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A Little History
A Little History
You would think that their strong odor and the fact that they can make you cry would put the onion in a family all its own. This is not so. Onions are part of the Alliums genus. Cooking delicacies such as shallots, chives, leeks and garlic are also included in this species. All alliums are a member of the Liliaceous family which included lilies, hostas and tulips.
Onions can be considered one of our oldest cultivated crops. The pharaohs of ancient Egypt fed their
enslaved workers onions and garlic to keep them free of disease and give them ceaseless energy to build the
pyramids; and, the Greeks and Romans, were said to always consume this vegetable before going into battle.
The onion, while sometimes not the most palatable, should be consumed for your better health. It
is low in calories and high in plant chemicals that help fight desease. It is said, that eating them regularly can
help to lower blood pressure and lower blood sugar levels in diabetics.
The rich source of organic sulfur compounds are what are released when onions are cut. This
combines with the moisture in your eyes to form mild sulfuric acid, which stings and causes the tears to flow.
The savory vegetable, along with the health benefits, is a gardener's dream as they are easy to grow
and require minimum care. The common yellow cooking onion and Spanish onions are called bulb onions and
can be grown from seed or sets.
If you are looking for a quick start, use onion sets. Buy small, firm sets that have not started to
sprout. As soon as the soil is workable in the spring, you can plant your sets outdoors. Spacing 4 to 6 inches apart, plant with the tips just below the surface. Firm down the area so the sets are in contact with the
soil. During their growing season, onions like to be well watered. It is also important to keep your onion beds
weeded as the weeds will vie for the water supply your onions need to grow. Pull weeds before
they become any size at all as pulling out large weeds, may cause some damage to your onion roots and set
the plants back.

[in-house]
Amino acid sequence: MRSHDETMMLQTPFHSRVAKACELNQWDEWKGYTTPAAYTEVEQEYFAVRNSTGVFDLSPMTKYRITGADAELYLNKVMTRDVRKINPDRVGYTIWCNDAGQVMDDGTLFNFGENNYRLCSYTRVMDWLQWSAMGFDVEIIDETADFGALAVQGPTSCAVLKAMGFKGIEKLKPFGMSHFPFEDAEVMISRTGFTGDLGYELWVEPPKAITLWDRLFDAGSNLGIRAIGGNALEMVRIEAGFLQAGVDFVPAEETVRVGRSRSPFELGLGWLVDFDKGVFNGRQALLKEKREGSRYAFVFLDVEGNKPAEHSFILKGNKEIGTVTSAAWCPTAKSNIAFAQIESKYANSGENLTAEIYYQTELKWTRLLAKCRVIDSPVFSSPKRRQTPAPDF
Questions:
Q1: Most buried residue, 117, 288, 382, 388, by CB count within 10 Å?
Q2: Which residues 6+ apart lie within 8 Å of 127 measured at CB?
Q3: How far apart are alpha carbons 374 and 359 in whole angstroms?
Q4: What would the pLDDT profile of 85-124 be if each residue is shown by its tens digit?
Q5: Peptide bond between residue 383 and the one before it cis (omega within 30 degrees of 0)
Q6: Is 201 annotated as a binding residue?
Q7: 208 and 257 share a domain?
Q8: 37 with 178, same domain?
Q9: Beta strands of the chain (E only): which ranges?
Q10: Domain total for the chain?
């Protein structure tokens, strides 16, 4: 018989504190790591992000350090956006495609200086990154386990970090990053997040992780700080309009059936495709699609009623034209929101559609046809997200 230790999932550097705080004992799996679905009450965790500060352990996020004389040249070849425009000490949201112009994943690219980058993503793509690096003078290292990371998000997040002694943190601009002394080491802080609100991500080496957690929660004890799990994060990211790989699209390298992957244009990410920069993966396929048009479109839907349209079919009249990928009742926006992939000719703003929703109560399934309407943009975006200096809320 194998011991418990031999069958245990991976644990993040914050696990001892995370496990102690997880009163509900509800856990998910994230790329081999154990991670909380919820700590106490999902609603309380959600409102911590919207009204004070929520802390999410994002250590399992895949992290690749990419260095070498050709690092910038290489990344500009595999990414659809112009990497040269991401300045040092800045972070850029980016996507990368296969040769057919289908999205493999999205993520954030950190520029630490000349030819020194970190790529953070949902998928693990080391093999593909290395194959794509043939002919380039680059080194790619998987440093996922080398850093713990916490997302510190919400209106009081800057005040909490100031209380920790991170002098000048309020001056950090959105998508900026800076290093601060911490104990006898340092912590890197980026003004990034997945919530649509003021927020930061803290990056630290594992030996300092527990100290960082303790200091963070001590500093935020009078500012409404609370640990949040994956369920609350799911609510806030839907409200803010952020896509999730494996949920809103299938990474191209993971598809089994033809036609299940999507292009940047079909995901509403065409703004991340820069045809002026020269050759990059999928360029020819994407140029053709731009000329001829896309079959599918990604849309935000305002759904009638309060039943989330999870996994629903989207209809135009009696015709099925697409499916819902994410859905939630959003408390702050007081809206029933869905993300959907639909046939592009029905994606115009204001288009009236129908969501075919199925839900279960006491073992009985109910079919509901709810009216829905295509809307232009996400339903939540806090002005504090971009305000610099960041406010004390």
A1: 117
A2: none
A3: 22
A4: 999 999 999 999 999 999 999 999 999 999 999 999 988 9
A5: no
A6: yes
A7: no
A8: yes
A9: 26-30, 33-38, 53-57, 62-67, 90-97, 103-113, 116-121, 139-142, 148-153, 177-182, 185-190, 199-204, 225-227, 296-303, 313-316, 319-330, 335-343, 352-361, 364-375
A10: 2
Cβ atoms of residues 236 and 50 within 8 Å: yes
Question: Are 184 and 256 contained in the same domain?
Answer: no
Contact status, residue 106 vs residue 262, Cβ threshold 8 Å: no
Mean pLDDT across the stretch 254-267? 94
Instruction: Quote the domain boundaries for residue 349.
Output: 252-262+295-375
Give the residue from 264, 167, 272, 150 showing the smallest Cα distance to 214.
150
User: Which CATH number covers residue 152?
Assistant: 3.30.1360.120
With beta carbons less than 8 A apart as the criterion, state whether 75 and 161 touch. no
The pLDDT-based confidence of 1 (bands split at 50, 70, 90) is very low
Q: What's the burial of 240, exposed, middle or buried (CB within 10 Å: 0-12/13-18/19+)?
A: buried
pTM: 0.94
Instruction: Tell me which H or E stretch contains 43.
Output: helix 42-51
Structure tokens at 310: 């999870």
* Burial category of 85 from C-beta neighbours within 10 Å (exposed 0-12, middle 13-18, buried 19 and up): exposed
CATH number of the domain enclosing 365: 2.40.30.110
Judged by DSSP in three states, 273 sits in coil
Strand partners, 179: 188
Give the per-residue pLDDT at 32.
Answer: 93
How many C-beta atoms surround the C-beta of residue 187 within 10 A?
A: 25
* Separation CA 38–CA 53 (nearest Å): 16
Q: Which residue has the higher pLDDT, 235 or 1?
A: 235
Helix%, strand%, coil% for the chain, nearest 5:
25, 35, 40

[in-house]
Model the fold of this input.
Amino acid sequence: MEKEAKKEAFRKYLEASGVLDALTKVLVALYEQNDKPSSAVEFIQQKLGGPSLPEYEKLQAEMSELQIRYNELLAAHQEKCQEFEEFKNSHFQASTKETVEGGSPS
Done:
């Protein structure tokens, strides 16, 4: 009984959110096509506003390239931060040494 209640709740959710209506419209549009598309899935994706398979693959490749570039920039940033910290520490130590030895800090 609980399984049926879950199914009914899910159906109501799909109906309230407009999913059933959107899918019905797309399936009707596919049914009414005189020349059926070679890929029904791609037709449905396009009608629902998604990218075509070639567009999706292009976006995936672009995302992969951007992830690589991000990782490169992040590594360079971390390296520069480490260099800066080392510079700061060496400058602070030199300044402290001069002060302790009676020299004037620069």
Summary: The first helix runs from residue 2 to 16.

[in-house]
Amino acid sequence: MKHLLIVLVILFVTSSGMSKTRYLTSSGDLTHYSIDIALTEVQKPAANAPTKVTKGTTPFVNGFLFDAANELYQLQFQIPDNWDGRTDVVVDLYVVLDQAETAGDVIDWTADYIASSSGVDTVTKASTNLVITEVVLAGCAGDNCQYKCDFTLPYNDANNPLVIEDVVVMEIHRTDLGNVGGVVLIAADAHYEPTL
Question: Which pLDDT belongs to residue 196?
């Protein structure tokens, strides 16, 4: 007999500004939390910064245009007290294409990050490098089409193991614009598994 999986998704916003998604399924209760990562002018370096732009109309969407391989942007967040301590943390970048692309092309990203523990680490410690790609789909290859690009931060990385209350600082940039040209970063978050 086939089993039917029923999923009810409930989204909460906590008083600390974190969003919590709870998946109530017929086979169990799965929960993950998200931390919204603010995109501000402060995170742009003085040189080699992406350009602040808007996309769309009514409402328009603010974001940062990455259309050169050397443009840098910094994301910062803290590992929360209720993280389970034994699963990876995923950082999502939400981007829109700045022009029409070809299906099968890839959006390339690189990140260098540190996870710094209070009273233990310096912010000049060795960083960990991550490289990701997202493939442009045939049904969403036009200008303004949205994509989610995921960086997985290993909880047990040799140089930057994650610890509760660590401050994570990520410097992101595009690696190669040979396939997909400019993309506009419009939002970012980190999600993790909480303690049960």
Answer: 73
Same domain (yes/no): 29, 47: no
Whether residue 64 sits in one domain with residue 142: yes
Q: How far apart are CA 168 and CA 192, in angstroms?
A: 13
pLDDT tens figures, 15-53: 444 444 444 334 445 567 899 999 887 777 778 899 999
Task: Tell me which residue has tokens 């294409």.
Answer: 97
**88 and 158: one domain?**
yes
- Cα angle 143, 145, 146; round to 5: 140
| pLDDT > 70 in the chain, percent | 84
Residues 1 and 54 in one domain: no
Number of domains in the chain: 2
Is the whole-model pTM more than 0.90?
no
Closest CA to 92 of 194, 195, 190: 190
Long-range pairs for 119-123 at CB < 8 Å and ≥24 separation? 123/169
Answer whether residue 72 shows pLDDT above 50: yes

Starting your onions from seed can be done indoors as early as February for Spanish type onions or
early April for other varieties. To sew indoors, plant seeds 1/4 inch deep and 1/4 inch apart in closely spaced
rows. Expose the flat to indirect light and maintain a temperature of 65 to 70 degrees F. . Once the seeds have germinated place the flat in a sunny window or under fluorescent lights. When seedlings reach a height of one inch tall, thin them out to two per inch. Keep the plants well watered and their tops trimmed to 4 inches. When the danger of heavy frost has
passed, harden off seedlings. To plant outdoors 4 to 6 inches apart in fertile, well drained soil in full sun.
NOTE (1) Looking for a different look in the garden and yard, plant your onion sets or seeds in your flower beds,
raised beds or containers. Remember, to keep them well watered no matter where you plant them.
Properly harvested and cured onions will keep longer. You will find as summer progresses, the
tops of some of your onions will fall over. This is perfectly normal and at the end of the summer, you need
to help those that have not toppled over to do so. In knocking your onions over, be careful not to break them.
It is best to do this job with your hands or gently with a hoe. Any that have flower stocks should be pulled
and used first as they will not store very well. Leave the rest of your onions in the ground for about a week.
Don't water them during this time. At the end of the week, dig them up and brush the soil off of them.
Do not wash the dirt from the vegetable. Lay them out to dry for a couple of weeks in a warm, airy place, out of rain and direct sunlight. Leave the tops on to use in braiding together for storage. If you choose to cut off the tops,
leave a short stub. Onions with the tops cut off should be placed in mesh bags or old pantyhose for storage.
Either method, the onions should be stored in a cool, dry place at about 35 to 50 degrees F.
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